As the co-lead for population health within the Manitoba Developmental Origins of Chronic Diseases in Children Network (DEVOTION), she sees the University of Manitoba becoming a world leader in lactation research. Together with fellow DEVOTION researcher Nathan Nickel, she is establishing a new breastfeeding research program: the Manitoba Interdisciplinary Lactation Centre, or MILC, that will look at breastfeeding from all angles.
Azad calls breastmilk "fascinating," noting how it's now being considered as treatment for bone marrow transplant patients to rebuild their immune system. And she uses the word "dosage" to describe a feed.
"There is a quote I love which frames breastmilk as 'personalized medicine'. When people hear this buzzword, I think they tend to imagine pharmaceuticals that are personalized to their genetics or lifestyle. But human milk is the ultimate personalized medicine," Azad says.
The antigens found in human milk differ based on the genetics of the mom, whether or not she's battling a virus, and the foods she's eating. The first feeds have higher concentrations of antibodies and oligosaccharides, which help kickstart the immune system and establish friendly gut bacteria.
Its components change over the course of a day (nighttime milk has tryptophan to help the baby sleep) and even over the course of one feeding (the end of a feed has a higher fat content to signal to babies they're full.) All of this means that breastfed babies receive exactly the right nutrition and bioactive elements, at exactly the right time.
Azad wants to know how environmental factors - like pumping and bottle feeding, versus feeding at the breast - affect a child's health. In the U.S., where maternity leave is a mere six weeks, 85 per cent of breastfed babies are consuming pumped milk. "If that's just as good, great, but if it's not, then we should know that and understand why," she says.
Azad grew up with asthma and as a 10-year-old kid took part in a U of M-led study of a new asthma drug. Later in life, her research journey took root in biochemistry and medical genetics (she earned her Ph.D. from the U of M in 2010). She felt the pull towards epidemiology, where she could study the health of people and populations, rather than cells and mice in a lab.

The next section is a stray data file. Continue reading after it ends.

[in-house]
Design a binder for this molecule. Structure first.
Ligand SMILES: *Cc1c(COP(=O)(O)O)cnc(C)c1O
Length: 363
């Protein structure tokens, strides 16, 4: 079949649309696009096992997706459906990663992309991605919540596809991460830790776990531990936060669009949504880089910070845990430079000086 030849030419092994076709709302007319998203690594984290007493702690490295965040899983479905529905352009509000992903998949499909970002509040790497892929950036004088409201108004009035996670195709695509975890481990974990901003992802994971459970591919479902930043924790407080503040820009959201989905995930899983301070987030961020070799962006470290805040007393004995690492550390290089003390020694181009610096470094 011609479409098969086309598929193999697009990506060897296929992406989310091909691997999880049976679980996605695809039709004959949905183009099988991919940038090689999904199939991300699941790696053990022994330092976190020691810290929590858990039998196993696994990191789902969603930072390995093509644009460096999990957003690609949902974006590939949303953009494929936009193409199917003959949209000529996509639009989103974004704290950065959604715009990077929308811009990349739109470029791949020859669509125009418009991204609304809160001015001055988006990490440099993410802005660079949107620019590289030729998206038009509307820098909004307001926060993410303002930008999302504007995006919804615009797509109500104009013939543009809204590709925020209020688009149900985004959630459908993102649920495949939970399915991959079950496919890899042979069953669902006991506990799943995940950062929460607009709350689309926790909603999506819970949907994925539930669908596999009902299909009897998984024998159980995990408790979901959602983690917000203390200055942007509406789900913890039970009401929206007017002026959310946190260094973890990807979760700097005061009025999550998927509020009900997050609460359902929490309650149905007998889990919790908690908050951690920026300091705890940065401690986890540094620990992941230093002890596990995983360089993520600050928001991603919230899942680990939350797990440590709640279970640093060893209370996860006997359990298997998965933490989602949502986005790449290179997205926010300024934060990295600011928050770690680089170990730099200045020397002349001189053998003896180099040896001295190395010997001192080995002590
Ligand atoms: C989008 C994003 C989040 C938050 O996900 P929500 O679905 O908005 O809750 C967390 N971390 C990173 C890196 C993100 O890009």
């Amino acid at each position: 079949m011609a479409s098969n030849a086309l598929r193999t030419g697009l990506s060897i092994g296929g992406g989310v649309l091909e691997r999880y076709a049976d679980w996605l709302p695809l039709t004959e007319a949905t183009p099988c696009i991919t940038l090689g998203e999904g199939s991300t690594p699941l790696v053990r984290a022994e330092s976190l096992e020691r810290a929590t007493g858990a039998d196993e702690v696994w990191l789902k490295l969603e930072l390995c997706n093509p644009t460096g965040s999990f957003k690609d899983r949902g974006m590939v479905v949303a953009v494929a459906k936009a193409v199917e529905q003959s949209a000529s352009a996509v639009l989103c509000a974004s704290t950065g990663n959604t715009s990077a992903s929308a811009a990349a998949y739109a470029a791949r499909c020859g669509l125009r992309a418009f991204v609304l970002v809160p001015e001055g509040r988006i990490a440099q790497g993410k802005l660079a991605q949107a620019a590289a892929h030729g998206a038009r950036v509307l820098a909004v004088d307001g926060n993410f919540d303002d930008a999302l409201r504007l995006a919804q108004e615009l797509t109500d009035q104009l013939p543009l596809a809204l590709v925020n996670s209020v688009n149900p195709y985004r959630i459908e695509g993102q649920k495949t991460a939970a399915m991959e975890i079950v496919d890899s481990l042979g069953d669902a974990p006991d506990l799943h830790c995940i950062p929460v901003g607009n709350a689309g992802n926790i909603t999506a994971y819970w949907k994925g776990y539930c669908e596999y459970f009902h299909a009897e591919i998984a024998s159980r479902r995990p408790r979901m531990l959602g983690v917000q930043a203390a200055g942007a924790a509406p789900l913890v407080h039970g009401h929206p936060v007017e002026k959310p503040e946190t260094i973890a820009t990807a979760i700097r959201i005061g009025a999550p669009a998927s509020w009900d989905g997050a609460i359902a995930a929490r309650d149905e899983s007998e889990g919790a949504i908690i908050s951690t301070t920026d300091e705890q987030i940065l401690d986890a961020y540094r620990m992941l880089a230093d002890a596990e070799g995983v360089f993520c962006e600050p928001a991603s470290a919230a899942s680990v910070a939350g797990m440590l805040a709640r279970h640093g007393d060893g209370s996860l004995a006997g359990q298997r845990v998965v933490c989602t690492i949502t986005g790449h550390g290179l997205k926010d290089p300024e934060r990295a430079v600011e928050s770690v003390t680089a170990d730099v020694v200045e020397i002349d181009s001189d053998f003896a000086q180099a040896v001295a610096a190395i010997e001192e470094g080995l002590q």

She sought training in Alberta before returning to the University of Manitoba because of its collaborative research community, as well as its access to not only the CHILD study but an important neighbouring resource: the Manitoba Centre for Health Policy.
"They have administrative data from everyone in the whole province of Manitoba - including hospital records, prescription records, physician billing records and education records. From that, we can do really powerful studies with the whole population," she says, noting that breastfeeding data will soon be added to this list, facilitating research that is not possible anywhere else in the world.
Another important topic to tackle: social stigma. Azad's recent research cast a lens on how breastfeeding is portrayed on Instagram. Scores of images posted by moms and more than 8,000 comments - overwhelmingly supportive - revealed a new support network and vehicle to normalize breastfeeding. Worldwide, less than 40 per cent of babies are breastfed exclusively for the recommended six months.
"I think a lot of it has to do with sexualization of breasts. There are other societies where breastfeeding is totally normal and no one gives it a second look. Breastfeeding rates are higher in these countries because people just don't feel weird about it," she says. "So how can we make Manitoba more like that? I think you have to start young so that kids grow up knowing that this is normal."
Azad leads a project looking at how breastfeeding is discussed in Manitoba schools, and how the topic can be integrated into curriculum. Right now, students learn little to nothing.
"They might learn about it in high school if they take family studies, which is an optional class taken primarily by girls," she says. "We're not reaching everyone and it really needs to be everyone. From a young age, everyone should learn that it's not a big deal [to breastfeed in public]—it's just how we feed babies."